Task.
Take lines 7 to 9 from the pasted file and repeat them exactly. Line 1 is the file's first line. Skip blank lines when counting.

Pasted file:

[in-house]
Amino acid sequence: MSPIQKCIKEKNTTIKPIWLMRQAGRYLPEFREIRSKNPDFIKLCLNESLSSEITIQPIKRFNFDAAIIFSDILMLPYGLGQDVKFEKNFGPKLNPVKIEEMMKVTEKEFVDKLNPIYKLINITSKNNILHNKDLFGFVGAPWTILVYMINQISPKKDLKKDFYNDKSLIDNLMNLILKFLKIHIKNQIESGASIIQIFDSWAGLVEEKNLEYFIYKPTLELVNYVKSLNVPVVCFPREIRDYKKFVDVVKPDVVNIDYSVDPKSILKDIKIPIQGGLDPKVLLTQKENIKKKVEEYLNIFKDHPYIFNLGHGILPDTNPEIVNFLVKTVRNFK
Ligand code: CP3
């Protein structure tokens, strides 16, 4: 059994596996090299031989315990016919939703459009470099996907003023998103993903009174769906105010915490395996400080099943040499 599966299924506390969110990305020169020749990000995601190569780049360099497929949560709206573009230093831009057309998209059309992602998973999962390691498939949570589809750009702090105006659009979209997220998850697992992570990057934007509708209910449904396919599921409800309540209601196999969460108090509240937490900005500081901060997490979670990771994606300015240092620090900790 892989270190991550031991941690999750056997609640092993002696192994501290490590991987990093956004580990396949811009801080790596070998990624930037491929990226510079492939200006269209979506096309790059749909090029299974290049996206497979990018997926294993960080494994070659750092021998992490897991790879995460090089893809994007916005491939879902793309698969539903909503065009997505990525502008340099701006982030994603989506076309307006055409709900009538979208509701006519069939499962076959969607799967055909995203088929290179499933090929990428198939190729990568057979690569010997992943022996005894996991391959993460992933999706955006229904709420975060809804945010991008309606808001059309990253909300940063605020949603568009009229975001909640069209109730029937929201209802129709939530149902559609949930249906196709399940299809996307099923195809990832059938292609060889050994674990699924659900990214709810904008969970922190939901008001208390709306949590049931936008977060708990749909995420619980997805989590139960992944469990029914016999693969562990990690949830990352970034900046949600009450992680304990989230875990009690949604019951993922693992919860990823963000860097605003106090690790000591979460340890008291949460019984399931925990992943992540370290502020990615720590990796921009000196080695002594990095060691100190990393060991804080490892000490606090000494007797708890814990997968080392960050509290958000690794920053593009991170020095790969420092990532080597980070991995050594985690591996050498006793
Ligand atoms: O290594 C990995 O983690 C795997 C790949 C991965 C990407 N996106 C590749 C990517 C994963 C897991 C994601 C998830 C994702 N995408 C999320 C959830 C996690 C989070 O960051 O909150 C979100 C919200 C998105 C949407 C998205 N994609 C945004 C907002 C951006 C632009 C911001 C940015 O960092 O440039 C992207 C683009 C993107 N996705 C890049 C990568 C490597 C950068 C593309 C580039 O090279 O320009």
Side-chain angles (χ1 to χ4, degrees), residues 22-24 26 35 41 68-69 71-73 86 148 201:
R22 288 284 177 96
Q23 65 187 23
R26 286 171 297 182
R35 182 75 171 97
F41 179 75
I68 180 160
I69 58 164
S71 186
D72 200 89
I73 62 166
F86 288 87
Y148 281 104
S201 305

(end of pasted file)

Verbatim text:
R22 288 284 177 96
Q23 65 187 23
R26 286 171 297 182